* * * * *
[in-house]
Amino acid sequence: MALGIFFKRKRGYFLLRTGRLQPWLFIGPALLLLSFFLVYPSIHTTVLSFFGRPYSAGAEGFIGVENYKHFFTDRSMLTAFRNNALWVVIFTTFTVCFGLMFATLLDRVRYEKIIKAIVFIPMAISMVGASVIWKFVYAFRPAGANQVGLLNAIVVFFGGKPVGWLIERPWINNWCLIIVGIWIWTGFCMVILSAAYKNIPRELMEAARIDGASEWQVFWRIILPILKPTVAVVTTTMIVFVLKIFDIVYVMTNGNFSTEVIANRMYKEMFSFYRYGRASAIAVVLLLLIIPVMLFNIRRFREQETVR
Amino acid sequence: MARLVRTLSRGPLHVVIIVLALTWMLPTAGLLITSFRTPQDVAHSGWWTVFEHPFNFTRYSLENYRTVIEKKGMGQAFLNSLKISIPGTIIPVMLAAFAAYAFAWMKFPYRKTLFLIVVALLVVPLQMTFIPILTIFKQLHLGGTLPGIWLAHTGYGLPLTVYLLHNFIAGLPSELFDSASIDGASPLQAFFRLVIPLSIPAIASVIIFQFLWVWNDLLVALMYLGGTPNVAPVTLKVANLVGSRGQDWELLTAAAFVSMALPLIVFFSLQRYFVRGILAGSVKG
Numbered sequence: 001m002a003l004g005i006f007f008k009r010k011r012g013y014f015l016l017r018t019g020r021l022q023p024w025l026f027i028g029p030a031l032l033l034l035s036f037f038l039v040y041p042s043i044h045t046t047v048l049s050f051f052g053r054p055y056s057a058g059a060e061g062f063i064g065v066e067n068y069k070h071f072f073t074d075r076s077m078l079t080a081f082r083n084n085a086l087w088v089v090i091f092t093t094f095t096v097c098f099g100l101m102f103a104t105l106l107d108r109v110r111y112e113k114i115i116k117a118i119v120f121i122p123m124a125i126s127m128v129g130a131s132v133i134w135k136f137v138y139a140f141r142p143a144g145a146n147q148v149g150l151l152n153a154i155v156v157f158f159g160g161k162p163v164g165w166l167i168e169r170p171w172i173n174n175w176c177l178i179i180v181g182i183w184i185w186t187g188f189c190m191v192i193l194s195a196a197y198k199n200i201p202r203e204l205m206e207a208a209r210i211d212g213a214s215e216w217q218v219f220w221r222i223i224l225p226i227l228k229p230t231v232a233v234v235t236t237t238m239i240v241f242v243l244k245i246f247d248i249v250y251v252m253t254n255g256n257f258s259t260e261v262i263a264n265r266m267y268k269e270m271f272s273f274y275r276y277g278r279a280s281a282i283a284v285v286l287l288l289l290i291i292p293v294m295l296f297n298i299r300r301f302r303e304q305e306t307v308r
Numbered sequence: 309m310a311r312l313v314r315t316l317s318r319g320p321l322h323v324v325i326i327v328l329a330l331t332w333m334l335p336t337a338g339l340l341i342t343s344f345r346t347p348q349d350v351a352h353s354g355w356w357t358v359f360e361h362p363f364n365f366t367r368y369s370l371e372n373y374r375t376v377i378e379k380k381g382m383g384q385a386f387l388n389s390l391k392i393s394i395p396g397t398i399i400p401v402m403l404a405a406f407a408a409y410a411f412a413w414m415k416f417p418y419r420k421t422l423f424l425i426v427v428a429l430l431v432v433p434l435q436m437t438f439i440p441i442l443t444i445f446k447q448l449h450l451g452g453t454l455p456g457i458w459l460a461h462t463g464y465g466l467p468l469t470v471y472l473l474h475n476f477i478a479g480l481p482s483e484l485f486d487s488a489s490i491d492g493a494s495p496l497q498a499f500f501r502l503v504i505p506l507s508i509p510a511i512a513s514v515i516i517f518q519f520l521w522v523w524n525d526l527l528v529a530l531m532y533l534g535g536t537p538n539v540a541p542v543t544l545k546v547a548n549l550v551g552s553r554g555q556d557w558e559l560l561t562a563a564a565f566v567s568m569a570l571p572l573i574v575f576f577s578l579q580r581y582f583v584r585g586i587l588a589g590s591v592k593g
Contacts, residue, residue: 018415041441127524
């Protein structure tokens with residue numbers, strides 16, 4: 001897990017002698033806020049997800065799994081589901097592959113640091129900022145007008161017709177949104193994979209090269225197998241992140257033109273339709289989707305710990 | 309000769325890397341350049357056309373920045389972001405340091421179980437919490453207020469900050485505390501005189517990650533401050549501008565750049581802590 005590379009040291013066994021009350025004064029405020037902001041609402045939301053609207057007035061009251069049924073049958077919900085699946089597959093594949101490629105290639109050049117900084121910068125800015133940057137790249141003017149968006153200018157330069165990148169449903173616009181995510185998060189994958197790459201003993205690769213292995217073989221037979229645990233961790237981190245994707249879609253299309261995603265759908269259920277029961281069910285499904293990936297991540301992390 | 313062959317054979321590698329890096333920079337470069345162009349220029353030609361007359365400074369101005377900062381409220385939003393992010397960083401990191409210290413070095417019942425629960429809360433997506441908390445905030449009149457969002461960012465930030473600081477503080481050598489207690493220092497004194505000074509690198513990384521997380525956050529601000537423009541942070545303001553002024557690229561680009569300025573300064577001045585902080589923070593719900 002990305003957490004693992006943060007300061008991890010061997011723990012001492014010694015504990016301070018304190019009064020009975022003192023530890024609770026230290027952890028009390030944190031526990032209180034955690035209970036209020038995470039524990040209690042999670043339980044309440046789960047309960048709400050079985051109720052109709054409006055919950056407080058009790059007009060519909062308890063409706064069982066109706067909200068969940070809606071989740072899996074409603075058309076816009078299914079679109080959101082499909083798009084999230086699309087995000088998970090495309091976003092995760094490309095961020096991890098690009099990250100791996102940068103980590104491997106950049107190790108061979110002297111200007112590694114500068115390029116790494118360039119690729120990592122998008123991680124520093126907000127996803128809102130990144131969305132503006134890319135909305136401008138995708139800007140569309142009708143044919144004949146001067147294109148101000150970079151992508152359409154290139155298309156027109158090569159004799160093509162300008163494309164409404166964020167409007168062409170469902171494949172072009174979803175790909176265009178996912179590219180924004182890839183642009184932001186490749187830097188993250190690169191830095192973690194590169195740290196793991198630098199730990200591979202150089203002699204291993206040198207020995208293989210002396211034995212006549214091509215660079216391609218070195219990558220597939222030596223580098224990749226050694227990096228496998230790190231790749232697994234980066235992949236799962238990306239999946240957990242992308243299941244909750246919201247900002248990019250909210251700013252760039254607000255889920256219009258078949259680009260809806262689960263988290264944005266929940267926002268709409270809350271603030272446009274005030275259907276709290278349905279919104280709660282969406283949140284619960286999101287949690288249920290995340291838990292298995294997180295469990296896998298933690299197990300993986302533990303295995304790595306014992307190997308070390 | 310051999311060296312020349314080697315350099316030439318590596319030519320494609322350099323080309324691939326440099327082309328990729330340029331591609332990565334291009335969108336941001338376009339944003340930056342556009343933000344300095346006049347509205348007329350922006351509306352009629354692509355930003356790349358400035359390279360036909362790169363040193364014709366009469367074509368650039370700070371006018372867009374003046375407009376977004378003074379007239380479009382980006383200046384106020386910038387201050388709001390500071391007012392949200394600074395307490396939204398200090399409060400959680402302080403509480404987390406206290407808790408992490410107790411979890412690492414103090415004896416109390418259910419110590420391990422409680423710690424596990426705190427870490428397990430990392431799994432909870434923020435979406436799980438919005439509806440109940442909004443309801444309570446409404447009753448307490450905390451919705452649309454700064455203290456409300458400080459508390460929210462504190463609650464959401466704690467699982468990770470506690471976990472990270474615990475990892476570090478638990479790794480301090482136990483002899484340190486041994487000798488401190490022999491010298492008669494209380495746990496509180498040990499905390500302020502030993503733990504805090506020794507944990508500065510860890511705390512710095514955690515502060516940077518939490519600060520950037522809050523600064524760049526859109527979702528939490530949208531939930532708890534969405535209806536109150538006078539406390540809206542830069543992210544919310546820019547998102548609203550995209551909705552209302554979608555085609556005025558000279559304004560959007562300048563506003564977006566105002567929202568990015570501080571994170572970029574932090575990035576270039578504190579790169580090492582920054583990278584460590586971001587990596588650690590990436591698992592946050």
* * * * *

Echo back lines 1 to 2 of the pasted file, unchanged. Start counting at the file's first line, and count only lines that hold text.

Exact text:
[in-house]
Amino acid sequence: MALGIFFKRKRGYFLLRTGRLQPWLFIGPALLLLSFFLVYPSIHTTVLSFFGRPYSAGAEGFIGVENYKHFFTDRSMLTAFRNNALWVVIFTTFTVCFGLMFATLLDRVRYEKIIKAIVFIPMAISMVGASVIWKFVYAFRPAGANQVGLLNAIVVFFGGKPVGWLIERPWINNWCLIIVGIWIWTGFCMVILSAAYKNIPRELMEAARIDGASEWQVFWRIILPILKPTVAVVTTTMIVFVLKIFDIVYVMTNGNFSTEVIANRMYKEMFSFYRYGRASAIAVVLLLLIIPVMLFNIRRFREQETVR